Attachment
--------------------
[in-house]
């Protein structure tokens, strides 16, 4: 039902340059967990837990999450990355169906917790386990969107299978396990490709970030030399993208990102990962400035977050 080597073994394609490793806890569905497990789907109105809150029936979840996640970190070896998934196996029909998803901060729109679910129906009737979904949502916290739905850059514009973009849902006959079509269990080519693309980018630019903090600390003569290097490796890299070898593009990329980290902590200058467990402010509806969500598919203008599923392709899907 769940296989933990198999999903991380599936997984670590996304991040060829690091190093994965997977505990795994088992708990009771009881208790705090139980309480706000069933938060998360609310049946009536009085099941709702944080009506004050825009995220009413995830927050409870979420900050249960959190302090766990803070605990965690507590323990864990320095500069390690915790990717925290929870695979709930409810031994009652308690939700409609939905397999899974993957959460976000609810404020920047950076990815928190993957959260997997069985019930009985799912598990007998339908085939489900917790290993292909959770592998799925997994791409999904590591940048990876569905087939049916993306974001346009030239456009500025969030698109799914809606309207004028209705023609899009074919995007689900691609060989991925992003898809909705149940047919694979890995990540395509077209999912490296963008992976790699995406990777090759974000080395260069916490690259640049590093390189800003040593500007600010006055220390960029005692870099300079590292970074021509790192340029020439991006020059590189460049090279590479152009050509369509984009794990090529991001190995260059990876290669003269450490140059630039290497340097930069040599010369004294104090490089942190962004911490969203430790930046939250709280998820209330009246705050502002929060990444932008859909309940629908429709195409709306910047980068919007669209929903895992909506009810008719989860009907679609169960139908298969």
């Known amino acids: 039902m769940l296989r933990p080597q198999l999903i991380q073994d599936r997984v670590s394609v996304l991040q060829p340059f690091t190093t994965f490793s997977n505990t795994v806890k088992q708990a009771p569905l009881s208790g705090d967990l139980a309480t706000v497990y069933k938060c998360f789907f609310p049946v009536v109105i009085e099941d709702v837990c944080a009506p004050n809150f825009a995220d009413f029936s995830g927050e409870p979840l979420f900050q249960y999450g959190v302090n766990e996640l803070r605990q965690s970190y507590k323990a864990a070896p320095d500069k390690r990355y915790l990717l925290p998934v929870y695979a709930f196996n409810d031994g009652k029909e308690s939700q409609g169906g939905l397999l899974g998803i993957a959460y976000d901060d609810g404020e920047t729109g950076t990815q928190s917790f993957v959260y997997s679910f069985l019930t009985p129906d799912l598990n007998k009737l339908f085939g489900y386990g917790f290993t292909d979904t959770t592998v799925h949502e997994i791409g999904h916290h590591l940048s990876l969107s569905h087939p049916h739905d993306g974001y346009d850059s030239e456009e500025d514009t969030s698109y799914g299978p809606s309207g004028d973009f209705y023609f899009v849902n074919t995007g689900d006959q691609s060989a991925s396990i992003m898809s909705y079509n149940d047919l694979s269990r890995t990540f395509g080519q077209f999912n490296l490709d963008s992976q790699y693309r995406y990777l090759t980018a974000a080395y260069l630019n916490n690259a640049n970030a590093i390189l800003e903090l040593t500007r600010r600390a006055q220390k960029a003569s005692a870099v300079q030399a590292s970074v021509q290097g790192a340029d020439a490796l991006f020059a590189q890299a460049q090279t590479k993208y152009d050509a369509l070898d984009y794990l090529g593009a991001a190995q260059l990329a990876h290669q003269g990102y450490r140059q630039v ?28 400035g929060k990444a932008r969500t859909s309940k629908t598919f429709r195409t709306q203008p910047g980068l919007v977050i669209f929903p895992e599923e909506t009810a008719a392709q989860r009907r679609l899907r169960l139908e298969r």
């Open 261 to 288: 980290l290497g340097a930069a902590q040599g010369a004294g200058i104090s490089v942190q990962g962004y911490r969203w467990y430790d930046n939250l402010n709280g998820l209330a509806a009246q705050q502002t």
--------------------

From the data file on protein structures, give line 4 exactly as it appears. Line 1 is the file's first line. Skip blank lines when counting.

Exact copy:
């Open 261 to 288: 980290l290497g340097a930069a902590q040599g010369a004294g200058i104090s490089v942190q990962g962004y911490r969203w467990y430790d930046n939250l402010n709280g998820l209330a509806a009246q705050q502002t």